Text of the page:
While Adams still prefers to work in an old‑school recording studio, circumstances at times have forced him to turn to alternative options. “What’s interesting about recording now is that you don’t necessarily have to be in a top studio to get a great sound. You can be anywhere. For example, the albums Room Service  and 11  were recorded sort of everywhere and anywhere, because I was touring and just wanted to go on and make a record as well.”
The lockdowns that resulted from the recent pandemic left Adams in another quandary when it came to recording his latest album, So Happy It Hurts. “I couldn’t get the band and fly them in as nobody was travelling so I had to do it myself! And because I didn’t really have an engineer, too, I hired Hayden Watson, the guy that I recorded Shine A Light  with and who’d been making the tea at my studio, so I asked him again if he could record some of the things I had and the ideas I had. And every day we’d go into the studio and record a bit more. The only difference between this record and any other record I’ve done previously is that I recorded all the instruments myself. And I did that because I had a drum kit and had started slogging away at it. My mantra for each song was basically, I would come back into the control room and say to Hayden, ‘Would [John] Bonham have played that?’ And he’d go, ‘No.’ And I would go right back in there and just kept going back in until I got something of what I felt was as rock as possible.”
Despite having penned some of the most memorable anthems of the past four decades, Adams says songwriting hasn’t become any easier over the years. “When it comes to songwriting, in order to really get songs, I have to sit down and basically graft at it because if I don’t do that, it’s very seldom that an idea will happen. Sometimes I will mumble a jumble of words. One of my best mumbles was ‘Cuts Like A Knife’. I remember Jim playing the tape back when we had recorded a sort of rough version of the idea and he said, ‘What did you say there? It sounds like cuts like a knife?’ I said, ‘Yeah, I think that’s what I said.’ But usually, the most that will ever happen is that I will get an idea in a restaurant and I will scribble it down on a bit of paper and that might end up being something — but to actually get a song, I have to sit down and really work at it.”
A Breath Of Fresh AIR
New Zealand‑born studio designer and engineer Ron Obvious was hired by Bryan Adams in 1991 to install and modify the Neve AIR A6630 console that Adams purchased for The Warehouse. With 58 inputs, this was the largest of the three made for AIR Studios (the others had 32 and 40 inputs respectively). I asked Ron to give us an overview of the modifications he made to the desk.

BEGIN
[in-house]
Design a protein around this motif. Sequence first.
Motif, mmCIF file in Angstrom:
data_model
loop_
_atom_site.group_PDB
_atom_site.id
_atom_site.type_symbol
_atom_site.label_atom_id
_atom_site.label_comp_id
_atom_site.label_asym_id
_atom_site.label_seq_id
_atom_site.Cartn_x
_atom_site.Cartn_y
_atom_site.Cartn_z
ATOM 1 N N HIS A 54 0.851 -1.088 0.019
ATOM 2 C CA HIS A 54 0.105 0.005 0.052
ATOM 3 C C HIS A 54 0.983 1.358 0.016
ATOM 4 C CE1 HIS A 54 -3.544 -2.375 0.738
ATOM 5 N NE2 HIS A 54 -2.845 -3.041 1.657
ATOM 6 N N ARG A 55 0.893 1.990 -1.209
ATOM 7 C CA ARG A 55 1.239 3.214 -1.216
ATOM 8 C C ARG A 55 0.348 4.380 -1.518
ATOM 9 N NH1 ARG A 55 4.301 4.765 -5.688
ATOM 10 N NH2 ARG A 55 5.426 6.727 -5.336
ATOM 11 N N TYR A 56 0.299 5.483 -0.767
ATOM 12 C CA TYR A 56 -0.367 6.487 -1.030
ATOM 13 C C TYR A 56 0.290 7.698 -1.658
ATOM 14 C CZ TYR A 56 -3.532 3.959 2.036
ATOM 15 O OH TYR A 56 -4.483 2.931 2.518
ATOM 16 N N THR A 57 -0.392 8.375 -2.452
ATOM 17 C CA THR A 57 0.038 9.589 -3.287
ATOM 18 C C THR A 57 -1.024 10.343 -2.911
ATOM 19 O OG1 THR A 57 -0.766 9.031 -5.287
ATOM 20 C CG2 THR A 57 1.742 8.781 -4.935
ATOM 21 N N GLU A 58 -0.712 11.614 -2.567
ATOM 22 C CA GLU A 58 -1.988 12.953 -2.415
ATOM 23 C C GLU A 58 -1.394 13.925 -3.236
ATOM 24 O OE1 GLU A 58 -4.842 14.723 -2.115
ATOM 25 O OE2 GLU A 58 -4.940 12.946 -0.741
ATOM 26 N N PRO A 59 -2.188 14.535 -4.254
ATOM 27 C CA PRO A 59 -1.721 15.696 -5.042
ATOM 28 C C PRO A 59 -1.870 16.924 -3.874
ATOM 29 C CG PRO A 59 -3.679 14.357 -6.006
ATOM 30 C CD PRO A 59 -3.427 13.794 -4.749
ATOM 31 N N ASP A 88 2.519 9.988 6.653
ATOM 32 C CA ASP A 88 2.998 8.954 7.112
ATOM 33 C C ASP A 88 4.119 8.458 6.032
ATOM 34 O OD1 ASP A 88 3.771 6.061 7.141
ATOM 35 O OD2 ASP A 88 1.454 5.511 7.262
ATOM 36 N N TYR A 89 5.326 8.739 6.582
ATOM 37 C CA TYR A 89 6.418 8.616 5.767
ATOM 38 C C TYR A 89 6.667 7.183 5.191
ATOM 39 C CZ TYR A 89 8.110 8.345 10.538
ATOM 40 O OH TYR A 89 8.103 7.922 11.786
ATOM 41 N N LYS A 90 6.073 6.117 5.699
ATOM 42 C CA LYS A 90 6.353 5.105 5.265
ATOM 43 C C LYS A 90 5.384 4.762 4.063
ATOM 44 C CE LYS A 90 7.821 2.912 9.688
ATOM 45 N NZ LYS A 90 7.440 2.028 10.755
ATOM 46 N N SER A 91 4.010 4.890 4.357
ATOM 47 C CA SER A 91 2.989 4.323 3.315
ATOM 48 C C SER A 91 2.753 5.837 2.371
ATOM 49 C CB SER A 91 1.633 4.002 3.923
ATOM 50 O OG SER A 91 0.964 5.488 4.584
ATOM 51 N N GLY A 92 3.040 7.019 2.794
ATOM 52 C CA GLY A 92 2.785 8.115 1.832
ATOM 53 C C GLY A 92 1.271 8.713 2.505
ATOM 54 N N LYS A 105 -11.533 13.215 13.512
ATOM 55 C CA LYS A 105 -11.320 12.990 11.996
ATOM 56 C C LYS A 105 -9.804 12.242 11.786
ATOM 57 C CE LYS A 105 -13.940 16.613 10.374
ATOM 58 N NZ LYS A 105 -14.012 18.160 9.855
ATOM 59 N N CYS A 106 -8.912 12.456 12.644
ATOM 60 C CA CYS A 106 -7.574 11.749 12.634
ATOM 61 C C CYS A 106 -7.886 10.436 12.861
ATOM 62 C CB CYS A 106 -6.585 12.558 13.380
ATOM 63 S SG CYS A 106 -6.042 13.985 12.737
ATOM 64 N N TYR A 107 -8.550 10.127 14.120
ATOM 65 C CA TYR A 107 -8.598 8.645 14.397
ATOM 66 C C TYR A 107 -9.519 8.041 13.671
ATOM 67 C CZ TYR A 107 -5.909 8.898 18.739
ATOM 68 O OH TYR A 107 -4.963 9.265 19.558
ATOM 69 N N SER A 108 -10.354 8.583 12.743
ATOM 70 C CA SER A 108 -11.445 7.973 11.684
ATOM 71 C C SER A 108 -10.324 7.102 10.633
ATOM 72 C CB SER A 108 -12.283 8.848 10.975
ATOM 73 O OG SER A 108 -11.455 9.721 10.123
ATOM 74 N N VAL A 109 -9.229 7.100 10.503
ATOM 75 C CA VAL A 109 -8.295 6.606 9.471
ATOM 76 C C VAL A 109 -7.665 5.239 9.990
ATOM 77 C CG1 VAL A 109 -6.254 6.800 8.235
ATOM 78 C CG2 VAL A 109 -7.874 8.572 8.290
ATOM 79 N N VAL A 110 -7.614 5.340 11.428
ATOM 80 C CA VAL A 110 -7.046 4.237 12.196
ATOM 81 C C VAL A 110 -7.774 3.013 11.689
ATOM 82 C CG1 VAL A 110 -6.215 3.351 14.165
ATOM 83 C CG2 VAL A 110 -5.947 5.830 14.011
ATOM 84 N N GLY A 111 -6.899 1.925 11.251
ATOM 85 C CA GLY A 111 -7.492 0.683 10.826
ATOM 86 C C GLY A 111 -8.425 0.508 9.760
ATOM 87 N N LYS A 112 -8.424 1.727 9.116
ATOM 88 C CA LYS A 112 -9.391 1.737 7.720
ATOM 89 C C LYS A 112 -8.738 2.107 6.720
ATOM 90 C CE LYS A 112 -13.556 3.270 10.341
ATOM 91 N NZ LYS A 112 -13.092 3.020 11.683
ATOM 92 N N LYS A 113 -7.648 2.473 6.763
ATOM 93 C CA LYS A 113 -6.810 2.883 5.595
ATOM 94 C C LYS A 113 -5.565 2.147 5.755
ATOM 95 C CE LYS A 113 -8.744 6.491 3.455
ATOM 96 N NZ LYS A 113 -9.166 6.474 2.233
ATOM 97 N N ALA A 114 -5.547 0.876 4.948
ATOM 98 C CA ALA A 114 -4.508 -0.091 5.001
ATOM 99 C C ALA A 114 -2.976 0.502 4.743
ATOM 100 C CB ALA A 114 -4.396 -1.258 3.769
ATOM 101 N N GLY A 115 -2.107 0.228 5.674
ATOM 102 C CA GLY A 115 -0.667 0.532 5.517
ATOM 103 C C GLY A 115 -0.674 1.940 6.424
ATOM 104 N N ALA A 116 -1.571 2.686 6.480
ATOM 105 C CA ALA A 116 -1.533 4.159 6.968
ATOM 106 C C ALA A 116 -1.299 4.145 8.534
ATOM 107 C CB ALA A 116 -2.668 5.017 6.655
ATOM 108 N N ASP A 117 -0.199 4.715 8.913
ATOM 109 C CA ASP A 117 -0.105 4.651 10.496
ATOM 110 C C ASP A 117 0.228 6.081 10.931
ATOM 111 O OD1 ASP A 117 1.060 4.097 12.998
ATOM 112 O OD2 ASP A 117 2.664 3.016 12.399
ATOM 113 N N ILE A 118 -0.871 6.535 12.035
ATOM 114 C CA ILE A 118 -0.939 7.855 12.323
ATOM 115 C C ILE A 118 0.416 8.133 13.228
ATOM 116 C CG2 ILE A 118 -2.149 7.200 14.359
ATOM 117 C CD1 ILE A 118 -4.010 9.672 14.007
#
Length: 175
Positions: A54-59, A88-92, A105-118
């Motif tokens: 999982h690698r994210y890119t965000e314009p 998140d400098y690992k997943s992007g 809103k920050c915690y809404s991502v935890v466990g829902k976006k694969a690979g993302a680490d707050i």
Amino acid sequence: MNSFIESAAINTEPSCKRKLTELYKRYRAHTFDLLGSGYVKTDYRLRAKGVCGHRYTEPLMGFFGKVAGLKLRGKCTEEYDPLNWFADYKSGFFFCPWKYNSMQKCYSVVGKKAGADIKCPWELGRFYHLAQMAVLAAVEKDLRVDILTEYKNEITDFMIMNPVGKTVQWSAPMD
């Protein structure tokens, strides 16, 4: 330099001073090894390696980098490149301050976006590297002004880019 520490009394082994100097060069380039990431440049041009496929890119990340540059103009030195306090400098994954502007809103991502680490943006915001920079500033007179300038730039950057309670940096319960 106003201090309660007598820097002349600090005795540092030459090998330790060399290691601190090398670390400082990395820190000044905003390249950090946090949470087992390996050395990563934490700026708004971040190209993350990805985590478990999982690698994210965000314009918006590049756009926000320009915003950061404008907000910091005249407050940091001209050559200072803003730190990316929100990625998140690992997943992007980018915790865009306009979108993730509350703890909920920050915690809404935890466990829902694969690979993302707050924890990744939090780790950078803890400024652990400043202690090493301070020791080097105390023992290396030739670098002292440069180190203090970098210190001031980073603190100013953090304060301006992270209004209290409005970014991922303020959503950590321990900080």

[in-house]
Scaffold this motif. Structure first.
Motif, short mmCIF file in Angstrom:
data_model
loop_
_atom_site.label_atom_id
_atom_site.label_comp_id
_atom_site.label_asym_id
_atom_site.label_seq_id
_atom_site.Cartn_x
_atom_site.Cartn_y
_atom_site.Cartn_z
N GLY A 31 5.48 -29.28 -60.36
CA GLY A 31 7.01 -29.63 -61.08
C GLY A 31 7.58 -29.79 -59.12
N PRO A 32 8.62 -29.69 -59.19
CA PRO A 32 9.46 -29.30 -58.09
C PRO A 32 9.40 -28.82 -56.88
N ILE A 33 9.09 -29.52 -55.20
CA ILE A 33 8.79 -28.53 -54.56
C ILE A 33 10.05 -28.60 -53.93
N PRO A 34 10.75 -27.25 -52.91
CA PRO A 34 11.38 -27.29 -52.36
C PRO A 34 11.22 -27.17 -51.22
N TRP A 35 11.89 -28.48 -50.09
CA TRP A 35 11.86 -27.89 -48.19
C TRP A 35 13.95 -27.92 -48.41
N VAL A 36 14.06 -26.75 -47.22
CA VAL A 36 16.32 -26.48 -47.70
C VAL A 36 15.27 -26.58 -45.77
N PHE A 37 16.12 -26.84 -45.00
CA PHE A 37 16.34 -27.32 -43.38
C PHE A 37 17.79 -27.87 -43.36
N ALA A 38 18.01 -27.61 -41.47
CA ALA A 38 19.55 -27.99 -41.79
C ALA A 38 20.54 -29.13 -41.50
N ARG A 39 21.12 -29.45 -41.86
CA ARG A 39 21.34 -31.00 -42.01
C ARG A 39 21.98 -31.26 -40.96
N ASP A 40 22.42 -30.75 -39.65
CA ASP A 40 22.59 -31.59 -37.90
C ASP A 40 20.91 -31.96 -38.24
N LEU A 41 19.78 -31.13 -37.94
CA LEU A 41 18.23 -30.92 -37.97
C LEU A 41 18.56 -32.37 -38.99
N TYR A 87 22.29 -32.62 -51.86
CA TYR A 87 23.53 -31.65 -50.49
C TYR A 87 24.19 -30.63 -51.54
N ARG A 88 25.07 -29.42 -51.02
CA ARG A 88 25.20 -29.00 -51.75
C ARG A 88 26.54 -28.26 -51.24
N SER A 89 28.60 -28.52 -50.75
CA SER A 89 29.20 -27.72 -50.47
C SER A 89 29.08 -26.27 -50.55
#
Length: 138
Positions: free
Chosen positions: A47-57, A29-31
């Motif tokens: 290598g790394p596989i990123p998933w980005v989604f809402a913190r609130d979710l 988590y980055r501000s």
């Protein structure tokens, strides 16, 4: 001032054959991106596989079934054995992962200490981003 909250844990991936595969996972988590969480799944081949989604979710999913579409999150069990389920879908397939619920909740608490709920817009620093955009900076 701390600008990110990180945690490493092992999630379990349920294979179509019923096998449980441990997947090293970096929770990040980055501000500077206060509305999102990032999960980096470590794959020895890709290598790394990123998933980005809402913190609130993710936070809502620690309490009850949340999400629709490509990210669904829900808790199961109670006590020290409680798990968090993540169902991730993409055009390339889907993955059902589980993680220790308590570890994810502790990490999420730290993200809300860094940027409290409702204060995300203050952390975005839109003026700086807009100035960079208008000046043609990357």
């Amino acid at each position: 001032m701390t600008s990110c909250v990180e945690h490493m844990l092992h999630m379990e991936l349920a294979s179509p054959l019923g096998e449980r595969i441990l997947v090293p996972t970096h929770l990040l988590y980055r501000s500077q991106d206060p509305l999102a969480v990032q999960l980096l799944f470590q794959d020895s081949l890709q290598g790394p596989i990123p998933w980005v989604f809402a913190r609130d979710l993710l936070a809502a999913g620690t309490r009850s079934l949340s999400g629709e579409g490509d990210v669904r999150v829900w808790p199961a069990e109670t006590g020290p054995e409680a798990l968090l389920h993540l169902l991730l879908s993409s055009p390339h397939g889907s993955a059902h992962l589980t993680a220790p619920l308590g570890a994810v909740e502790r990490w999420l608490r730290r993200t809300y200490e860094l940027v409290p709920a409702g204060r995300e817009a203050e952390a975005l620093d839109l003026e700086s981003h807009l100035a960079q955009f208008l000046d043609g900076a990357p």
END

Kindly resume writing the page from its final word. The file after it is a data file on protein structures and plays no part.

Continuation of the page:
“At the time, the console in the world was the SSL 4072K. So as a recording and technical engineer, I wanted to retain the sonics and look of the A6630 but, at the same time, incorporate what was expected and available on a modern SSL 4072K. I spent almost a year on the console with two assistant engineers, doing the many mods and updates.
“VU meters were still in the left to right order, and the physical centre of the console had the four master faders. I changed these to the SSL standard, for example, meters 1 and 2 above channels 1 and 2. At the console centre section, I put in the quad VU meters and a digital dBFS meter.
“The cut and solo switches were also made the same as the SSL, where they are lit and have the solo safe mode. I also added a custom balanced [insert] point — pre‑EQ, the same as in the SSL, where the Comp/Gate [dynamics card] is placed ahead of the EQ, which is actually the right way to do things 93 percent of the time. This required a button on the meter bridge, and a full second insert point in the patchbay, which now made the Neve console the only one with two insert points.
“On the far right side of the console there were some simple line returns (49‑58) for reverbs, I designed six SSL G mic pres and 242 black EQ modules with all the layout and knobs made in the Neve style. On the centre quad main fader bus, I added an SSL bus compressor — card set, meter and knobs located in the centre section — so when bypassed with relays, it’s fully out of the signal path. Back in that era, because the monitors were only mains and minis, I designed a four‑output balanced switching system in the console centre section. I also added tape transport remote controls, again like on an SSL.
“These consoles were the very first consoles in the world  with remote mic preamps. I installed the 48 mic pres in two roll‑around racks in the studio, so this way they could be placed close to the instruments you wanted to record. A 32‑pair Mogami snake connected with a DL connector on the wall. The extra mic wires were to supply the ±15V and 48V.
“I completely redid the patchbay with nickel bantam jacks, again making the layout more closely laid out in the SSL style. There were no meters for the eight auxes, so I added half‑sized VU meters on the upper right side. The 12 bus faders that were originally at the bottom of the centre section were moved to knobs on the right side of the meter bridge, which allowed more room for you to run the tape machine transport buttons and so on.
“With the help of a tech in A&M Studio, we designed and installed an ‘in‑line’ mix playback system by using the eight auxes on each channel. This was to get around the monitor panel with only 32 playbacks. Three LEDs were added to the bus assignments, so that you could see if any of the bus assignment switches were being used. I would have liked to have done one for each bus switch, but that was not possible. All bus switches had to be replaced with new ones, as the old ones were too oxidised.
“All the classic updates were done to replace all the caps in the console with Panasonic HF, and the op‑amps with 5534ANs. At one point, GML automation was put in, much to my disappointment, but to my satisfaction, was later removed. And all power supplies, including six for ±15V and 48V, and 24V, were replaced with new ones.”